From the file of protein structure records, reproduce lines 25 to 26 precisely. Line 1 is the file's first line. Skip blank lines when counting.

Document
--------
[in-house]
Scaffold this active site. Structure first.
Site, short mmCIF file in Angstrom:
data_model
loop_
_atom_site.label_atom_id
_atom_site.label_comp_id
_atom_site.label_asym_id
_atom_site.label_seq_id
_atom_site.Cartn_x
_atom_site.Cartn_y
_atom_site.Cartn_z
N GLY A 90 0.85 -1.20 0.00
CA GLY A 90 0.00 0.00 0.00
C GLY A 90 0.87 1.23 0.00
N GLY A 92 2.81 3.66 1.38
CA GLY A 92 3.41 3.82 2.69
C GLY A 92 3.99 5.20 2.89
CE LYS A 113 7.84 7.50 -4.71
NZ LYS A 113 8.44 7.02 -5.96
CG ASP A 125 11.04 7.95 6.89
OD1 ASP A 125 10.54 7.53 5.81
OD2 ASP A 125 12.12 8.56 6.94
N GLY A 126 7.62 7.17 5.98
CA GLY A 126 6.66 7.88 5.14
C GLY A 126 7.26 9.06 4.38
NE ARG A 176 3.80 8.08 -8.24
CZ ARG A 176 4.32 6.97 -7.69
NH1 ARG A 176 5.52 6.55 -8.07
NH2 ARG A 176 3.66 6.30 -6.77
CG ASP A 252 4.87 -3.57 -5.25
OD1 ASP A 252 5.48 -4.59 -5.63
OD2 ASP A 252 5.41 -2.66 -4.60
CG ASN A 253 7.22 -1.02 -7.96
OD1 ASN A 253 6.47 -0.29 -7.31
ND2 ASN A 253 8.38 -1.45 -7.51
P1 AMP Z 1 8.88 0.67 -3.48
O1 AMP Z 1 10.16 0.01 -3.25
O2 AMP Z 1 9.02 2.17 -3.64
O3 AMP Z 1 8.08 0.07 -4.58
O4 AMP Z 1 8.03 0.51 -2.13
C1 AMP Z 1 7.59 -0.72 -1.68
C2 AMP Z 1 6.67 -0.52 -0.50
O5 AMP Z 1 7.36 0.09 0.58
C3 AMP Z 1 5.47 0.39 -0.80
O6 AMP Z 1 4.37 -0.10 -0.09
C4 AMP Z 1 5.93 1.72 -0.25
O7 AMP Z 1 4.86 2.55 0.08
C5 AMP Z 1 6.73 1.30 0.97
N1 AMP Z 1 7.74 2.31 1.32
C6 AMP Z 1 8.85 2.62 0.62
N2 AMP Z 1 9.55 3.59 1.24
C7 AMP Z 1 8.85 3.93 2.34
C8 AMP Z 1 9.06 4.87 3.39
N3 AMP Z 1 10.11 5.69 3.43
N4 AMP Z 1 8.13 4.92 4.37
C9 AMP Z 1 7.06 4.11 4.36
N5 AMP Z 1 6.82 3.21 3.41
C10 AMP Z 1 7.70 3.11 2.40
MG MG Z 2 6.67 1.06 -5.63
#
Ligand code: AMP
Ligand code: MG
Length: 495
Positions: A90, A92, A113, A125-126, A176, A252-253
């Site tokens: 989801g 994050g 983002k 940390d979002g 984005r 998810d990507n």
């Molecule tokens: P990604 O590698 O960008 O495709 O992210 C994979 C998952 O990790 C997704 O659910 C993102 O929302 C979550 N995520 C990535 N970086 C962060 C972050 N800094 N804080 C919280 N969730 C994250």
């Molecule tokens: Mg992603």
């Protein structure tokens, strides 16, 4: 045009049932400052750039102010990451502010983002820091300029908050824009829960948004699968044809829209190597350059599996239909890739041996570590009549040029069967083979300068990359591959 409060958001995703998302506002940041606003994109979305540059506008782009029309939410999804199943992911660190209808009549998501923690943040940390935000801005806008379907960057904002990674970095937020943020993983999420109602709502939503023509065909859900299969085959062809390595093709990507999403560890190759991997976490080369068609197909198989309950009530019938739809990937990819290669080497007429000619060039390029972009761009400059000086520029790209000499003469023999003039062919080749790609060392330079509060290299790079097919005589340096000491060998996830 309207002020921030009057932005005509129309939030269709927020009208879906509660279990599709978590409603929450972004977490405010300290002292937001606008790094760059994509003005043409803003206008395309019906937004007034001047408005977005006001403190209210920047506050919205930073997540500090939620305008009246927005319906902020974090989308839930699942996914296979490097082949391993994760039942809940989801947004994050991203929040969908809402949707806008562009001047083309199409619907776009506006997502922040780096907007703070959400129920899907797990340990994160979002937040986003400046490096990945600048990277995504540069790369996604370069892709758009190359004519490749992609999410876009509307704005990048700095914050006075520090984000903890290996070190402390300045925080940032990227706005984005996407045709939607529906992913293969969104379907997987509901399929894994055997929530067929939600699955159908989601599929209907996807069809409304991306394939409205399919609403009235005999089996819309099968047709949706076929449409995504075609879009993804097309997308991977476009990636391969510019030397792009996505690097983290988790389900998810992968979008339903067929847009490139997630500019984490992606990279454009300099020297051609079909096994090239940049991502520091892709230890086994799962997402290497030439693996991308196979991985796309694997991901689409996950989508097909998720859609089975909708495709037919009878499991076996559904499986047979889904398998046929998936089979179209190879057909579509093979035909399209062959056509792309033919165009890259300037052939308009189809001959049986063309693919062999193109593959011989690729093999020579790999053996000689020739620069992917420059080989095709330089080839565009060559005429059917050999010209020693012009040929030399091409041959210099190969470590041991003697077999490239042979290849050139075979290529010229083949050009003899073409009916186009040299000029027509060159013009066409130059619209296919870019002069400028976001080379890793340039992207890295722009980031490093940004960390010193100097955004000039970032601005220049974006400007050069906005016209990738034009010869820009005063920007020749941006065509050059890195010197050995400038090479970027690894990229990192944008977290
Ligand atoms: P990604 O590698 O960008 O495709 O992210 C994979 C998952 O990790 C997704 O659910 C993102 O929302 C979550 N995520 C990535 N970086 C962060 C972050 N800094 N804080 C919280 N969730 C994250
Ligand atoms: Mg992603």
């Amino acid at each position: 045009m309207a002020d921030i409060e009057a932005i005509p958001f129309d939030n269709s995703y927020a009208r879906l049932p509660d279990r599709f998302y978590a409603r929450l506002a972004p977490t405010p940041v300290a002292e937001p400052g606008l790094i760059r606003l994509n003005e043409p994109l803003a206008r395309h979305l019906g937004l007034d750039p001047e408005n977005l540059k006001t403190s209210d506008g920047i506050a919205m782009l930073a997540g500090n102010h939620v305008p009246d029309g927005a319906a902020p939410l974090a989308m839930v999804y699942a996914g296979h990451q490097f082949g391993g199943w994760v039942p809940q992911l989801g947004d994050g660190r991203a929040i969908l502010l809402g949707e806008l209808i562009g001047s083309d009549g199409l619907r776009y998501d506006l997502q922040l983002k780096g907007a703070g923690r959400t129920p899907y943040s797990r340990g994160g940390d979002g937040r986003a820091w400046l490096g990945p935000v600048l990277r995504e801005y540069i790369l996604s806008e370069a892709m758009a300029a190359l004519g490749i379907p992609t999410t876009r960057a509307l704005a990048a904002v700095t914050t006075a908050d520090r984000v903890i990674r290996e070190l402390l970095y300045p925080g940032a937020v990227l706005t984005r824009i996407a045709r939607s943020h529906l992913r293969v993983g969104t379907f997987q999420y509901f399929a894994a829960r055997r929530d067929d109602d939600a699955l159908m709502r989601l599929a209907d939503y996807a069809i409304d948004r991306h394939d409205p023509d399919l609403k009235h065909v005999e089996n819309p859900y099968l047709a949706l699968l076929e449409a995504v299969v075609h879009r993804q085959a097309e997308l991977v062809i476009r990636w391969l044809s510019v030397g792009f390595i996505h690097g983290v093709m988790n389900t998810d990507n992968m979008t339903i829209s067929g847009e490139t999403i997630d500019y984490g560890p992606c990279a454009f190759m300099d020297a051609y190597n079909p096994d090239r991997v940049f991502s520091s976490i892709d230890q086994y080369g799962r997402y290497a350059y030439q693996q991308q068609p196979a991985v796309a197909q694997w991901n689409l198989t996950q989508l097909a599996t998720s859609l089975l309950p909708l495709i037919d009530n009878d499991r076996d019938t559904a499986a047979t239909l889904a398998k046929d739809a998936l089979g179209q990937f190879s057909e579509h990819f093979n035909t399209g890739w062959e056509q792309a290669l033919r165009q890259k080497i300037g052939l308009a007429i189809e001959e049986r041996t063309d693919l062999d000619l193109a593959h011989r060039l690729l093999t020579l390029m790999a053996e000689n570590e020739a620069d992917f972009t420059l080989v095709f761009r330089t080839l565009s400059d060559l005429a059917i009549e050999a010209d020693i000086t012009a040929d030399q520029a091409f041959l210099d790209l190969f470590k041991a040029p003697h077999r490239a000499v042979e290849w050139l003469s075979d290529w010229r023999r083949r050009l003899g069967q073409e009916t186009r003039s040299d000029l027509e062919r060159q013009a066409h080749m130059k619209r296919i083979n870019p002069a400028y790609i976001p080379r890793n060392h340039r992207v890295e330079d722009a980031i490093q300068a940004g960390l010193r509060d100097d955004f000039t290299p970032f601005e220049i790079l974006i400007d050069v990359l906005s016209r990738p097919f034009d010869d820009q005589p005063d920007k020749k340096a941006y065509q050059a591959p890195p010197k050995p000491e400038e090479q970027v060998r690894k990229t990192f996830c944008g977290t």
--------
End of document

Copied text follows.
CA GLY A 126 6.66 7.88 5.14
C GLY A 126 7.26 9.06 4.38